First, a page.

By Mike Spector and Dietrich Knauth
(Reuters) -The parent of far-right conspiracy website InfoWars filed for U.S. bankruptcy protection on Friday as the company and its founder Alex Jones face up to $150 million in damages in a trial over longstanding falsehoods he perpetuated about the Sandy Hook elementary school massacre.
The bankruptcy filing by the InfoWars parent, Free Speech Systems LLC, would normally result in the trial and related litigation being halted. But Free Speech plans to ask a bankruptcy judge to allow the trial currently underway in Texas to continue and is seeking an emergency hearing on Monday, according to a court filing.
Nevertheless, Jones and his company could later attempt to use the bankruptcy proceedings, commenced in another Texas court, to limit the size of any damages a jury awards.
A bankruptcy filing by three other InfoWars entities in April proposed $10 million to resolve the litigation, far less than what the Sandy Hook families are seeking. The proposal contemplated legal releases shielding Jones and his company from the lawsuits in exchange for the payment.
The entities that previously declared bankruptcy – InfoW, IW Health and Prison Planet – voluntarily ended their cases in June after the Sandy Hook families dropped them as defendants in the defamation litigation.
Jones was found liable last year in lawsuits Sandy Hook families filed after he falsely claimed that the 2012 school massacre was a hoax.
The unusual judgments occurred after Jones defied court orders to turn over documents in the litigation. The cases were then teed up for trials to determine damages, with the first one now underway in an Austin, Texas courtroom.
Jones claimed the shooting, in which 20 children and six school employees were shot dead at the school in Newtown, Connecticut, was fabricated by gun-control advocates and mainstream media. Jones has since acknowledged the shooting happened.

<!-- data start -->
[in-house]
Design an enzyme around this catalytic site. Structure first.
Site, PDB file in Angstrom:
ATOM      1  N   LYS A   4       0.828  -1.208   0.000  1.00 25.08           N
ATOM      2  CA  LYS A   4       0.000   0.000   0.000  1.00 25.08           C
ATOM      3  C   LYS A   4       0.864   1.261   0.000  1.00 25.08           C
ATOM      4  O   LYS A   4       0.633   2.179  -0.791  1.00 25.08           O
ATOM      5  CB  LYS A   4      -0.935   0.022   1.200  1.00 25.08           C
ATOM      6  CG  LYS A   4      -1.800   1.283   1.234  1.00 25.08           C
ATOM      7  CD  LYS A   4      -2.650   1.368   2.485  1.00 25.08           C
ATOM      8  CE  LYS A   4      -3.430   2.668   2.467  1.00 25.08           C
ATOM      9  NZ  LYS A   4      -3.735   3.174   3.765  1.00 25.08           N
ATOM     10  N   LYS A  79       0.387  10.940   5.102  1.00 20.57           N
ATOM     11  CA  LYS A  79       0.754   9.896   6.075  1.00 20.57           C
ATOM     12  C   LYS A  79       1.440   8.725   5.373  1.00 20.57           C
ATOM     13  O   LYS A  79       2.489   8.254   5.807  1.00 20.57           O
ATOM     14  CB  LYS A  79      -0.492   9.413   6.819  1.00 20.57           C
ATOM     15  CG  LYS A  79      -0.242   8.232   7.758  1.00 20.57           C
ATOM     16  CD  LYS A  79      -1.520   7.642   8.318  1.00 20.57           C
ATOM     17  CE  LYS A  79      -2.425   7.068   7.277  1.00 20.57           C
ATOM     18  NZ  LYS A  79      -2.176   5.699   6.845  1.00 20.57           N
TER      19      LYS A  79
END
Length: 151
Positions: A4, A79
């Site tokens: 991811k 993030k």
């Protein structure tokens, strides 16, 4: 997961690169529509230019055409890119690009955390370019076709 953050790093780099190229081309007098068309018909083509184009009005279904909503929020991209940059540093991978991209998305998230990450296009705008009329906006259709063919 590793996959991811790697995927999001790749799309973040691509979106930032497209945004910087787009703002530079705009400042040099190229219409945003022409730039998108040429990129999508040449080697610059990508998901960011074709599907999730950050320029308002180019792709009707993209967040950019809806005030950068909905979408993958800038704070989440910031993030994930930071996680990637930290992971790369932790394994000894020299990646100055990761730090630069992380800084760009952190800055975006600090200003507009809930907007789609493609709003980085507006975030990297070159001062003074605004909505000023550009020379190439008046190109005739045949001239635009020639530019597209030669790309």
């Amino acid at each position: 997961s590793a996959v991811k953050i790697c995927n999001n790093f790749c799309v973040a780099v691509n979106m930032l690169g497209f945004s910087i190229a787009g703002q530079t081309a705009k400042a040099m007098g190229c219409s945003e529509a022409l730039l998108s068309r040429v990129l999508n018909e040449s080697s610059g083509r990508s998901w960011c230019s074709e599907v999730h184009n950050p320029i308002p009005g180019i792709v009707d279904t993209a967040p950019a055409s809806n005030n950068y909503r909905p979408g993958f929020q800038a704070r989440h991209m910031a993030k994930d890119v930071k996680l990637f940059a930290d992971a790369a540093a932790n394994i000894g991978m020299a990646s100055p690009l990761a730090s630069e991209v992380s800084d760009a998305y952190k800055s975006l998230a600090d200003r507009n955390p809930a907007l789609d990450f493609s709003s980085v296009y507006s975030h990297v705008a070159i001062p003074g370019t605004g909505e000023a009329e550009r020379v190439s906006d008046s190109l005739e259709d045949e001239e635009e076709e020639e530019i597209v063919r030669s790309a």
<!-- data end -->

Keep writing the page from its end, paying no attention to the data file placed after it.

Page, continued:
Free Speech Systems believes it is in its best interests to continue the current damages trial because substantial resources have been spent on both sides, and the Sandy Hook plaintiffs would likely fight to keep the trial going despite the bankruptcy filing, W. Marc Schwartz, the company’s restructuring advisor, said in a court filing.
The Sandy Hook families had opposed the previous April bankruptcy filing as a “sinister” attempt by Jones to shield his assets from liability.
Explaining the current bankruptcy filing, Schwartz said the Sandy Hook litigation resulted in InfoWars being shunned by significant internet, social media and financial institutions. The company’s business suffered as a result, he said.
Mark Bankston, a lawyer representing Sandy Hook families, said he looked forward to continuing to put on his case for jurors, which is expected to include testimony as soon as Monday from the parents of one of the children murdered at Sandy Hook Elementary.
“Our clients are pleased that despite the bankruptcy, their trial will continue and that the jury will return a verdict,” Bankston told Reuters in a text message. “Now, InfoWars is heading directly for its long awaited, reckoning.”
(Reporting by Mike Spector, Dietrich Knauth, and Jack Queen; Editing by Chris Reese and Stephen Coates)